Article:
The Niagara Falls Fire Department responded to 94 incidents during the period of 12-12-11 to 12-18-11 bringing the yearly total to 5827 incidents.
12-12-11—Platoon 1 sent a full assignment to a scrapyard in the 4800 block of Packard Rd. at 8:01 a.m. for a report of a building fire. Two junked vehicles being cut up for scrap started a fire inside a structure due to a gasoline leak. Workers on the scene used a dry chemical extinguisher to put out the fire.
12-13-11— Fire Investigator Gerald Aderhold was responding to another call when he observed a large volume of smoke at the intersection of 72nd St. and N.F. Blvd. at 10:04 a.m. The proprietor of a Christmas tree lot was burning trimmed tree branches in his backyard. The owner used his own water supply to douse the fire and he was issued an open burning violation warning.
12-13-11—Battalion Chief Pat Brown’s Platoon 2 units were dispatched to the 400 block of 25th St. at 7:04 p.m. for a structure fire. The first arriving unit—Engine 8 with Captain Angela Gebauer, Firefighters Stephen Hess, Joel Stephenson, and Gordon Stewart III stretched a hoseline to the rear of the building where heavy fire was showing and quickly knocked down the main body of the fire. Investigators determined the fire was intentionally set and damage was estimated at $40,000.
12-13-11—Shortly after clearing from the previous mentioned fire, Engine 8 responded to to a report of a pedestrian struck by a vehicle in the 2200 block of Pine Ave. at 10:14 p.m. The female patient was treated for neck injuries and a head laceration and transported to Erie County Medical Center.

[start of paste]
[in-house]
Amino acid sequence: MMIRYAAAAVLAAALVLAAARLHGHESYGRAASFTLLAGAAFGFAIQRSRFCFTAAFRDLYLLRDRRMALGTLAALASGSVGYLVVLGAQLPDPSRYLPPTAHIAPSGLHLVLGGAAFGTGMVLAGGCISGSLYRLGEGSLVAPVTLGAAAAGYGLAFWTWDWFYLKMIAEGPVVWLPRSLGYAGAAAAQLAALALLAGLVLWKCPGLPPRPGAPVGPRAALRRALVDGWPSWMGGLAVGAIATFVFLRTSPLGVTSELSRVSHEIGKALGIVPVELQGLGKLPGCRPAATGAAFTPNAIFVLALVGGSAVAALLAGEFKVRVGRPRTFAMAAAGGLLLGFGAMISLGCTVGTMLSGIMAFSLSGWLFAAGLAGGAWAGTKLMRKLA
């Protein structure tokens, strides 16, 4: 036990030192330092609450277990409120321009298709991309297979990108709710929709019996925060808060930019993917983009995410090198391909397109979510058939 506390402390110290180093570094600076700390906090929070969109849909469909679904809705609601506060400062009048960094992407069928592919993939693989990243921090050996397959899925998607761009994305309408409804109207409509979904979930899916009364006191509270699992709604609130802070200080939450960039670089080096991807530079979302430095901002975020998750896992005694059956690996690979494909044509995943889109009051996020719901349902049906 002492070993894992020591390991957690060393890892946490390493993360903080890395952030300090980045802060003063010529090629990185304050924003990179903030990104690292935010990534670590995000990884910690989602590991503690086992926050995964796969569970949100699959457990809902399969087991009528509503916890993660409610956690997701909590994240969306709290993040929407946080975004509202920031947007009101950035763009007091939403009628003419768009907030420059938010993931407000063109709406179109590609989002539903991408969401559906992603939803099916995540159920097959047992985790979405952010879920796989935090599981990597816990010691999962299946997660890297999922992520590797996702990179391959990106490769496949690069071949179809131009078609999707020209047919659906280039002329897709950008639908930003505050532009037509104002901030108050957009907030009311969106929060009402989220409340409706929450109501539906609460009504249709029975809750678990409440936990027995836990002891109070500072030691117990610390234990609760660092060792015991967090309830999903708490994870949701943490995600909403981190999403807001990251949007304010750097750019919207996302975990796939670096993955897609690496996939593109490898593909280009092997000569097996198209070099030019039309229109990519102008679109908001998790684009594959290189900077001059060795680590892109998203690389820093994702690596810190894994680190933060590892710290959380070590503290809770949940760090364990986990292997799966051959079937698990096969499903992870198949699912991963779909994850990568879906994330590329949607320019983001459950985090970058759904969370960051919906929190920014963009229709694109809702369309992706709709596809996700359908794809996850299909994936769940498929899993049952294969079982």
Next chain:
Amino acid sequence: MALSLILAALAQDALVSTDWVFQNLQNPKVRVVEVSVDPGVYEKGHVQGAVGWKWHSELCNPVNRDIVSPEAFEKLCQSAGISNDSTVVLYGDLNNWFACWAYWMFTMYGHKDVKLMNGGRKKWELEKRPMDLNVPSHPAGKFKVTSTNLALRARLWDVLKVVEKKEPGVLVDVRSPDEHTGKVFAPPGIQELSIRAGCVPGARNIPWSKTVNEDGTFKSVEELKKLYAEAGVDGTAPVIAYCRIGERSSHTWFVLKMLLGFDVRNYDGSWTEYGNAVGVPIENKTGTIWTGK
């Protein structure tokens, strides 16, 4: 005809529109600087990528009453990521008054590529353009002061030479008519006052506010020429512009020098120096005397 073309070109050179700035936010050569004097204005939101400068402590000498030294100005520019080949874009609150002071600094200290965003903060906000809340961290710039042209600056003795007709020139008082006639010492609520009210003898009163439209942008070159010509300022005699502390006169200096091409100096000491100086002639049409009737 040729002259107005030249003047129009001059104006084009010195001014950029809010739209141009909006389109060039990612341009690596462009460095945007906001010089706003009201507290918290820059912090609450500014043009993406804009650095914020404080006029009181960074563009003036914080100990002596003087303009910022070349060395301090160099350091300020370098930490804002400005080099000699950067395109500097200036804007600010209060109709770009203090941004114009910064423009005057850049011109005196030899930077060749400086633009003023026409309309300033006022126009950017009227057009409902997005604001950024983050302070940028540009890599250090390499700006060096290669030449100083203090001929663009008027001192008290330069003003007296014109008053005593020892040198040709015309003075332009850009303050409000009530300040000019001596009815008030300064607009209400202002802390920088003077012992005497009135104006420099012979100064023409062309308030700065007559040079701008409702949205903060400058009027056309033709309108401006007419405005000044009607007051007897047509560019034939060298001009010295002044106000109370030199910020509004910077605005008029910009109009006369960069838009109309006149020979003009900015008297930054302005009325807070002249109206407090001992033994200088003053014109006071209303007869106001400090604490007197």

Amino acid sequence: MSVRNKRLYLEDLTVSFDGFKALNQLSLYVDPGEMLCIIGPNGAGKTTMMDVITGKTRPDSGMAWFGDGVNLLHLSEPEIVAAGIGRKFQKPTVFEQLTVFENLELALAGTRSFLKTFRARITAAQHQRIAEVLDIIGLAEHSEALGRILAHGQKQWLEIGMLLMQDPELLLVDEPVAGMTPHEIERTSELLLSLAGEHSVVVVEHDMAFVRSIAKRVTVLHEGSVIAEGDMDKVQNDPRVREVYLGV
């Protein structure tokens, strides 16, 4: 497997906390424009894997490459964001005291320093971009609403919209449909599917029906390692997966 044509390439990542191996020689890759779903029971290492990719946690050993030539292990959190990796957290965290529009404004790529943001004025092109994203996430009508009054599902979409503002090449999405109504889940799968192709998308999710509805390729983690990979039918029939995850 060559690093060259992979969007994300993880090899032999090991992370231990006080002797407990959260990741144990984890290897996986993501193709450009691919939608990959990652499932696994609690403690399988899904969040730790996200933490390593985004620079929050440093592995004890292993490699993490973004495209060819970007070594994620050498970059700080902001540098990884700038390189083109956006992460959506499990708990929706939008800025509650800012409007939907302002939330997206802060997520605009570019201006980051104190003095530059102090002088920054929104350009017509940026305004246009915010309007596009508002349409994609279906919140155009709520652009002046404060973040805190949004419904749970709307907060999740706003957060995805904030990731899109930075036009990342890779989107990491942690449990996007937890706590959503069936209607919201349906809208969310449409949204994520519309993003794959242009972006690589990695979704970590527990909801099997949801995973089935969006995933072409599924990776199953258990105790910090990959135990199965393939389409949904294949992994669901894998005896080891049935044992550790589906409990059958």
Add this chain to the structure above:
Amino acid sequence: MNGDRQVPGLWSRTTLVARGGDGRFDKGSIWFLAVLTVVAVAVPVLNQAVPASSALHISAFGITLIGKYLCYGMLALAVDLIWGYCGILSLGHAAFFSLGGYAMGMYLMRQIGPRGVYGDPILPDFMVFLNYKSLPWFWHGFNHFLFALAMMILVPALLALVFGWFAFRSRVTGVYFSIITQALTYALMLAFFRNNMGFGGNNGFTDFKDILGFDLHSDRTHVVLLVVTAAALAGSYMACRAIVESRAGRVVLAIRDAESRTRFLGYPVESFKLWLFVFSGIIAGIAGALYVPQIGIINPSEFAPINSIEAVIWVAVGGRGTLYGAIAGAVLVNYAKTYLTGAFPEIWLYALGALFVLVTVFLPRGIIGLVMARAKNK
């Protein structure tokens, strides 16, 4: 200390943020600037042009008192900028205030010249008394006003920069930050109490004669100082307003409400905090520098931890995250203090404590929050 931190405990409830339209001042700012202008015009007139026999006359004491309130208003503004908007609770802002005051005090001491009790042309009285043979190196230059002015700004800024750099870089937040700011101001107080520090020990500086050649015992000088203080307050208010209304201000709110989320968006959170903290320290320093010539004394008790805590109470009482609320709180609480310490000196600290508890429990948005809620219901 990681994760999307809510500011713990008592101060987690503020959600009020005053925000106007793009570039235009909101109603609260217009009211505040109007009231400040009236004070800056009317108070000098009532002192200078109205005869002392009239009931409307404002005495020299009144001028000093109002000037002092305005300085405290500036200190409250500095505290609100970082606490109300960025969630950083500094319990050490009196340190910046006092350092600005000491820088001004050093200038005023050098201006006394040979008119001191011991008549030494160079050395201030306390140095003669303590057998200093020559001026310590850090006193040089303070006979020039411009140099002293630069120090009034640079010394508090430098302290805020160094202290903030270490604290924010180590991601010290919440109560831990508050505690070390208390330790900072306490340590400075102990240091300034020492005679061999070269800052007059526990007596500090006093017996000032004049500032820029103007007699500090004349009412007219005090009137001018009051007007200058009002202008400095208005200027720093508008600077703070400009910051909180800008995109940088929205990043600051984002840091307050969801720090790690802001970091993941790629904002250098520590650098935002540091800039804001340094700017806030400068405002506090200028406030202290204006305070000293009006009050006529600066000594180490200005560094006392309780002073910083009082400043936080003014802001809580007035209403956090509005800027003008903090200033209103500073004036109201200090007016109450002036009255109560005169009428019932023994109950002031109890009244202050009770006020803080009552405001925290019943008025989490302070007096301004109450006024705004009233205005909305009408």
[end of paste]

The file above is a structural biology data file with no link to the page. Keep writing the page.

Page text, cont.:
12-18-11— High levels of carbon monoxide ( over 200 parts per million ) were found at a house in the 1000 block of Ontario Ave. at 3:22p.m. by Truck 1. The source was determined to be the furnace in the basement and it was shut off and both a repairman and National Fuel were called to the scene. It was determined that a bird’s nest was blocking the chimney, preventing proper ventilation of products of combustion.
Note: Children and Grandchildren: One-fourth of all fire-deaths of children are from fires started by children. Keep lighters and matches out of the reach of children. Never leave children unattended with fire or space heaters. Children are naturally curious about fire, so keep an eye on them. But if a child repeatedly plays with fire or seems to have a morbid fascination with fire, seek professional help at once. If youngsters live with you or stay overnight occasionally, be sure that they know how to escape from every room and are part of your emergency exit plan.